-An object in 3D Space needs something in order to create color. Now either the object itself needs to have color, but more likely with a 3D environment, you need to remember that color is often what's reflected, so we need to create something in the environment so the 3D object can pick up on colors. To do this, we're going to import some footage and set it to be the environment that the object exists in.
Using shy layers to simplify the timeline
As your timeline starts to fill up, you might want to get rid of some layers.Not permanently, but rather hide them from view. Let's say, for example, we know that these blood cells don't need to be animated, and this locked layer, as well. So, I can minimize these. What I'm doing is clicking on this small icon,which is based on the historical Kilroy icon. It's a little guy peeping over a wall. This means that you can hide objects that you don't need to change.
Maybe the solids for the background, and some of the graphic elements.Well, I'd like to see the text. Now, in the normal timeline, it's very difficult to see those text layers side by side. I'd have to keep scrolling up and down in the timeline. But, by marking some of the layers as shy, I can click the icon up here to hide shy layers. And you'll notice that the little guy peeping over the wall goes and hides. And all those layers that were marked shy are going to be hidden from view.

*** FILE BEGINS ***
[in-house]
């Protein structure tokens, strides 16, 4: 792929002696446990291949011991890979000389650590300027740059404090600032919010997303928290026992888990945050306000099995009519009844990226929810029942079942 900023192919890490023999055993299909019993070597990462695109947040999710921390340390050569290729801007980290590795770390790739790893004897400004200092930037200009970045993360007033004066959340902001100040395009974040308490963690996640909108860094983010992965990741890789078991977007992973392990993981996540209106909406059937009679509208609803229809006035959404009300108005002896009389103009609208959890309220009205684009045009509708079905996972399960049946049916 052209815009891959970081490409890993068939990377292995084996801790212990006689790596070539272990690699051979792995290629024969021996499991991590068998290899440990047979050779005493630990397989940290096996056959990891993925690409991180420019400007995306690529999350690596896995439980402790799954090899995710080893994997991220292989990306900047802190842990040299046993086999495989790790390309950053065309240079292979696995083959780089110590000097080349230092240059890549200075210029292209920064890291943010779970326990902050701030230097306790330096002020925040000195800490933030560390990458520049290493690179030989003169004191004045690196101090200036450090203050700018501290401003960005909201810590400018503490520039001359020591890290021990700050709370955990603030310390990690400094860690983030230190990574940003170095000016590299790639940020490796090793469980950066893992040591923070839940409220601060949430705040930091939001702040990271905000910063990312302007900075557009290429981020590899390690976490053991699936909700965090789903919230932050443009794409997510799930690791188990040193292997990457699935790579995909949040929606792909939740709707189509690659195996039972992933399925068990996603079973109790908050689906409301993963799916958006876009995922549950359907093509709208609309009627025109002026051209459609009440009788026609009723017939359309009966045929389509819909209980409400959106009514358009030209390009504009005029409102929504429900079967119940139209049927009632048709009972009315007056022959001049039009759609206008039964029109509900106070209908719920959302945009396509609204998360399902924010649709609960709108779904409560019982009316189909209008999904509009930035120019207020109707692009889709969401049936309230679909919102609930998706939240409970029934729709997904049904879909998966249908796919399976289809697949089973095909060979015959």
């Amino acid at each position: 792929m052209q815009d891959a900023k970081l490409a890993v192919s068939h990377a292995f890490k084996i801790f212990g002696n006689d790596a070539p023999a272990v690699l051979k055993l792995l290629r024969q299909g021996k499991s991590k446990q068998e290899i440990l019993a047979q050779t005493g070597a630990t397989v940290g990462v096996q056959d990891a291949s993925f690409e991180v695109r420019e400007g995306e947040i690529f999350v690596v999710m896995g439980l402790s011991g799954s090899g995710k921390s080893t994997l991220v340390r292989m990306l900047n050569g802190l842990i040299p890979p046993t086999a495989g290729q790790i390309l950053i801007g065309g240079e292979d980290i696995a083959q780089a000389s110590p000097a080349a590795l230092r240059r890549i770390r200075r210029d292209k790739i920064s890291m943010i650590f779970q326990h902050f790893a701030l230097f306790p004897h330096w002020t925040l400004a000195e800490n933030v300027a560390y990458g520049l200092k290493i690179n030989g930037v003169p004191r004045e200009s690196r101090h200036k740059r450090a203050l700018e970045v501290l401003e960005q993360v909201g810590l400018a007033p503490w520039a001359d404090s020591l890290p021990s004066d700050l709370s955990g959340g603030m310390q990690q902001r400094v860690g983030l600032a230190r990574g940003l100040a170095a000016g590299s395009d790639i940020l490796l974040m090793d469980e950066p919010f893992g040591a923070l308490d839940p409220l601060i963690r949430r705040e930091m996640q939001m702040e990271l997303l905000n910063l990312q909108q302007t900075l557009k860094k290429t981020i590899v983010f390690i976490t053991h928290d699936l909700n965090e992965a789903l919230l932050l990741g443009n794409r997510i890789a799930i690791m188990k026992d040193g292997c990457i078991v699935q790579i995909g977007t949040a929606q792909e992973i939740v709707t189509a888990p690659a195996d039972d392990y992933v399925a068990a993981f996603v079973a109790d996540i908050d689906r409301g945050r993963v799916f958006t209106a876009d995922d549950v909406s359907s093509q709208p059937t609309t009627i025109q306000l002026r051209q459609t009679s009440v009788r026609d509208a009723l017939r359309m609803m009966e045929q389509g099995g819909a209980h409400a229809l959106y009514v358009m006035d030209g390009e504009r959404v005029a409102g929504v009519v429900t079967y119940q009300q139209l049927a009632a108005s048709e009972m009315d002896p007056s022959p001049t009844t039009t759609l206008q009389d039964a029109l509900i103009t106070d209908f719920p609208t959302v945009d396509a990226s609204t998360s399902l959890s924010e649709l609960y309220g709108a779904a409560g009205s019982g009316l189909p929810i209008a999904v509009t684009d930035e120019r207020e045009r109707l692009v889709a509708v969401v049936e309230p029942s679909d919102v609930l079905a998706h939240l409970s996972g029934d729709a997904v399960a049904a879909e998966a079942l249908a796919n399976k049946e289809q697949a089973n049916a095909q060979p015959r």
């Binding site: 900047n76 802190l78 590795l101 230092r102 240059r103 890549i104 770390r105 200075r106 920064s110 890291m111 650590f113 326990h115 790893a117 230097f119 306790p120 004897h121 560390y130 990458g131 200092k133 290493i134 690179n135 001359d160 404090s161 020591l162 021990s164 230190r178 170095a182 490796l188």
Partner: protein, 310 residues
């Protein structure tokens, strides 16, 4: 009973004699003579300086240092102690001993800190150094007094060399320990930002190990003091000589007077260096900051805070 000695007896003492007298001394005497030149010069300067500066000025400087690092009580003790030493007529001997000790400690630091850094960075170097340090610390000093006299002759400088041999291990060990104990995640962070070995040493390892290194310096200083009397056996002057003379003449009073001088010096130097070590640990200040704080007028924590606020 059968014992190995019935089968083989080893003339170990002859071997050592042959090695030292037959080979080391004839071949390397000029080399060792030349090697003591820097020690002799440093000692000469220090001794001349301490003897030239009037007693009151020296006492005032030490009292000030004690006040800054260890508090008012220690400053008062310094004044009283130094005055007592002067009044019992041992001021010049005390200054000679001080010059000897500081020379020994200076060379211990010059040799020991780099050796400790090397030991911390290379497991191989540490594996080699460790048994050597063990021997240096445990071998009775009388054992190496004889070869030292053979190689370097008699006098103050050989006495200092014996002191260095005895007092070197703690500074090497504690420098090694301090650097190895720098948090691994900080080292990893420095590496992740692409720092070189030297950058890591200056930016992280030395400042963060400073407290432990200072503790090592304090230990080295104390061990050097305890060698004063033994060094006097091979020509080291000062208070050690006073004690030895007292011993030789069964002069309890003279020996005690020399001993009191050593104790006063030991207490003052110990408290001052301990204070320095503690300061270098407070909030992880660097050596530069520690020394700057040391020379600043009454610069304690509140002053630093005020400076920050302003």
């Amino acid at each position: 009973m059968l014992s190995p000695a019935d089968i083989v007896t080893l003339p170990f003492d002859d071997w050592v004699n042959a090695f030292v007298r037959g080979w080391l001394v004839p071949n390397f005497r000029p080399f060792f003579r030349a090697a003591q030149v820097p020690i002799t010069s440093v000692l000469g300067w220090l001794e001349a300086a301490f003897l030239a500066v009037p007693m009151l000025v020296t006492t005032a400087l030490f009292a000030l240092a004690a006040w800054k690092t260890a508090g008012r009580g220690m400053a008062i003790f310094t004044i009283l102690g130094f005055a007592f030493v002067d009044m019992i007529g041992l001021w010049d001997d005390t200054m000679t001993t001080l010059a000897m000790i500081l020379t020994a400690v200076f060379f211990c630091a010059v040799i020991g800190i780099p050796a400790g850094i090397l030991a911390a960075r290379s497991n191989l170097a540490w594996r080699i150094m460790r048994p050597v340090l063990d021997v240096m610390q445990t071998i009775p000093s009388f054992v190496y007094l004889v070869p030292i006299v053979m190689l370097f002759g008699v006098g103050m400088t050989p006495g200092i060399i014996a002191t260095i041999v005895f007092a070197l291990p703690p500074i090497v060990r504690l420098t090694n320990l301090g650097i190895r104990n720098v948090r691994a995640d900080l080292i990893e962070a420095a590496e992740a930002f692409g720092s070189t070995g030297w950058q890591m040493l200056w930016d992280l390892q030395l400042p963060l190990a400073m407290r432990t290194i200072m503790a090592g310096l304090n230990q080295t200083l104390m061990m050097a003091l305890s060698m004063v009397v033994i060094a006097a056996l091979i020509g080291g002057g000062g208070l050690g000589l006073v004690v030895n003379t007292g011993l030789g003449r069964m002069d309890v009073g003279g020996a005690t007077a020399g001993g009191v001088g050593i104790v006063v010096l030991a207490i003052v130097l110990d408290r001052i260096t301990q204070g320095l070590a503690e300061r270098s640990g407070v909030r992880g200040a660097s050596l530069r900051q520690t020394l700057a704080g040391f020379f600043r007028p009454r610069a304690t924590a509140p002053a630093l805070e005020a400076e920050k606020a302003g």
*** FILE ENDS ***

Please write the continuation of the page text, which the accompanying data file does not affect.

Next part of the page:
Now, all of the elements are still in play. You'll notice that the numbers go one, 11, 14, and 15. That means that layers two through 10, and 12 and 13, were marked as shy. They still appear up here in the composition, and they'll still render. But, the ability to control what's displayed in the timeline's quite useful. And then, if needed, you can click that button again, and all the shy layers are made visible.
The use of the shy switch can make it much easier to control a cluttered timeline.
A while back, I had an in-depth conversation with my friend Jim Tierney who's the founder of Digital Anarchy. We talked about the challenges of getting good looking green screen shots. Often things just look pasted together.
Enter The Light Wrap Fantastic
"Creating convincing green/blue screen composites has always been a challenge. The Light Wrap Fantastic enables better composites by easily allowing users to blend the background with the foreground in such a way that it appears the light of the background is affecting the foreground. The plugin has all the controls you need to create a realistic light wrap making it a quick and easy process."
The Light Wrap Fantastic 1.0 runs in Adobe After Effects, Adobe Premiere Pro, and Apple Final Cut Pro X.
Features of The Light Wrap Fantastic:
- Easy compositing of green/blue screen or masked images on a background
- Control every aspect of the light wrap within one plugin
- Fast Rendering using Your GPU
- Different modes for different workflows
- Use built-in masks to control where the light wrap appears
- Works with all keying software: Keylight, UltraKey, Ultimatte, Primatte and more.
- Standalone plugin, no need to buy an expensive package with tools you don't need
Here's my take on why it's so awesome.